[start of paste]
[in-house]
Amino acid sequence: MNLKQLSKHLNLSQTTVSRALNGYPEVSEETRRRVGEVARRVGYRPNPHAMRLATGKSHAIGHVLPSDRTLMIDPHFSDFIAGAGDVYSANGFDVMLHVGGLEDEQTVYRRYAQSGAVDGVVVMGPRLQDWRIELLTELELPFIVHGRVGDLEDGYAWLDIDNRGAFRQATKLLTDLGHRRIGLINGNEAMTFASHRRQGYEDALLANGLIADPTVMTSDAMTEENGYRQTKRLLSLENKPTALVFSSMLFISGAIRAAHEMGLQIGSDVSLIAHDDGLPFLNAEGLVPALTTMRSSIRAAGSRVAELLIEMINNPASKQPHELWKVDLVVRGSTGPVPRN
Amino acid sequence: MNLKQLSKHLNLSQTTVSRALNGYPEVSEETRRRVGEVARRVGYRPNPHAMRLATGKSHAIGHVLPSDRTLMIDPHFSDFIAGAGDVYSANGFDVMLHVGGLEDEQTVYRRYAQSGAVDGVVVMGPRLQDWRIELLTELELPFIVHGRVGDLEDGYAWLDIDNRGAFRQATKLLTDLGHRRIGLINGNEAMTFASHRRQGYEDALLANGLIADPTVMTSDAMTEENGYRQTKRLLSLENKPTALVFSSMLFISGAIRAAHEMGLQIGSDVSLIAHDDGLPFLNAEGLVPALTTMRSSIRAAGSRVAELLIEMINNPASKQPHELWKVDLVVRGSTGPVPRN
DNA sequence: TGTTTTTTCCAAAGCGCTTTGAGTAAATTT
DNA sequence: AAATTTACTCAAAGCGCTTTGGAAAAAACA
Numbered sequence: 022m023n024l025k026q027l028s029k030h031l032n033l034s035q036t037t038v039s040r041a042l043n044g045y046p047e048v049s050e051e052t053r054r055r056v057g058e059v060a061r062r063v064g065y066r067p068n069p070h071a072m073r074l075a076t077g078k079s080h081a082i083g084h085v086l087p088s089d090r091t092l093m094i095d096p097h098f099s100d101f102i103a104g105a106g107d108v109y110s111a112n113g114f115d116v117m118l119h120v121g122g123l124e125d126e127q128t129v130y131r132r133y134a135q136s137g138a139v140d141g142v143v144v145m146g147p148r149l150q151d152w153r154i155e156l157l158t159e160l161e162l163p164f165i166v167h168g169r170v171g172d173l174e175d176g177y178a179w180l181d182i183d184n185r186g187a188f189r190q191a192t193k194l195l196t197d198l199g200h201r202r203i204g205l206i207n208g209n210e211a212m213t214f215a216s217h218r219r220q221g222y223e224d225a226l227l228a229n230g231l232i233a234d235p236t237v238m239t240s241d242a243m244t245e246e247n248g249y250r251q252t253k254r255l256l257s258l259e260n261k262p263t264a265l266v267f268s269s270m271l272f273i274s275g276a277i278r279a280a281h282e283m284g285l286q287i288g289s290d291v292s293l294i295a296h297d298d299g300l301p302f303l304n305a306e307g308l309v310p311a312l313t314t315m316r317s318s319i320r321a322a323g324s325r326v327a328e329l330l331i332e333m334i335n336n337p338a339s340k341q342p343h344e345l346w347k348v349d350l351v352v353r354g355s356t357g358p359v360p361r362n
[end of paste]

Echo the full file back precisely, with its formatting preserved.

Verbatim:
[in-house]
Amino acid sequence: MNLKQLSKHLNLSQTTVSRALNGYPEVSEETRRRVGEVARRVGYRPNPHAMRLATGKSHAIGHVLPSDRTLMIDPHFSDFIAGAGDVYSANGFDVMLHVGGLEDEQTVYRRYAQSGAVDGVVVMGPRLQDWRIELLTELELPFIVHGRVGDLEDGYAWLDIDNRGAFRQATKLLTDLGHRRIGLINGNEAMTFASHRRQGYEDALLANGLIADPTVMTSDAMTEENGYRQTKRLLSLENKPTALVFSSMLFISGAIRAAHEMGLQIGSDVSLIAHDDGLPFLNAEGLVPALTTMRSSIRAAGSRVAELLIEMINNPASKQPHELWKVDLVVRGSTGPVPRN
Amino acid sequence: MNLKQLSKHLNLSQTTVSRALNGYPEVSEETRRRVGEVARRVGYRPNPHAMRLATGKSHAIGHVLPSDRTLMIDPHFSDFIAGAGDVYSANGFDVMLHVGGLEDEQTVYRRYAQSGAVDGVVVMGPRLQDWRIELLTELELPFIVHGRVGDLEDGYAWLDIDNRGAFRQATKLLTDLGHRRIGLINGNEAMTFASHRRQGYEDALLANGLIADPTVMTSDAMTEENGYRQTKRLLSLENKPTALVFSSMLFISGAIRAAHEMGLQIGSDVSLIAHDDGLPFLNAEGLVPALTTMRSSIRAAGSRVAELLIEMINNPASKQPHELWKVDLVVRGSTGPVPRN
DNA sequence: TGTTTTTTCCAAAGCGCTTTGAGTAAATTT
DNA sequence: AAATTTACTCAAAGCGCTTTGGAAAAAACA
Numbered sequence: 022m023n024l025k026q027l028s029k030h031l032n033l034s035q036t037t038v039s040r041a042l043n044g045y046p047e048v049s050e051e052t053r054r055r056v057g058e059v060a061r062r063v064g065y066r067p068n069p070h071a072m073r074l075a076t077g078k079s080h081a082i083g084h085v086l087p088s089d090r091t092l093m094i095d096p097h098f099s100d101f102i103a104g105a106g107d108v109y110s111a112n113g114f115d116v117m118l119h120v121g122g123l124e125d126e127q128t129v130y131r132r133y134a135q136s137g138a139v140d141g142v143v144v145m146g147p148r149l150q151d152w153r154i155e156l157l158t159e160l161e162l163p164f165i166v167h168g169r170v171g172d173l174e175d176g177y178a179w180l181d182i183d184n185r186g187a188f189r190q191a192t193k194l195l196t197d198l199g200h201r202r203i204g205l206i207n208g209n210e211a212m213t214f215a216s217h218r219r220q221g222y223e224d225a226l227l228a229n230g231l232i233a234d235p236t237v238m239t240s241d242a243m244t245e246e247n248g249y250r251q252t253k254r255l256l257s258l259e260n261k262p263t264a265l266v267f268s269s270m271l272f273i274s275g276a277i278r279a280a281h282e283m284g285l286q287i288g289s290d291v292s293l294i295a296h297d298d299g300l301p302f303l304n305a306e307g308l309v310p311a312l313t314t315m316r317s318s319i320r321a322a323g324s325r326v327a328e329l330l331i332e333m334i335n336n337p338a339s340k341q342p343h344e345l346w347k348v349d350l351v352v353r354g355s356t357g358p359v360p361r362n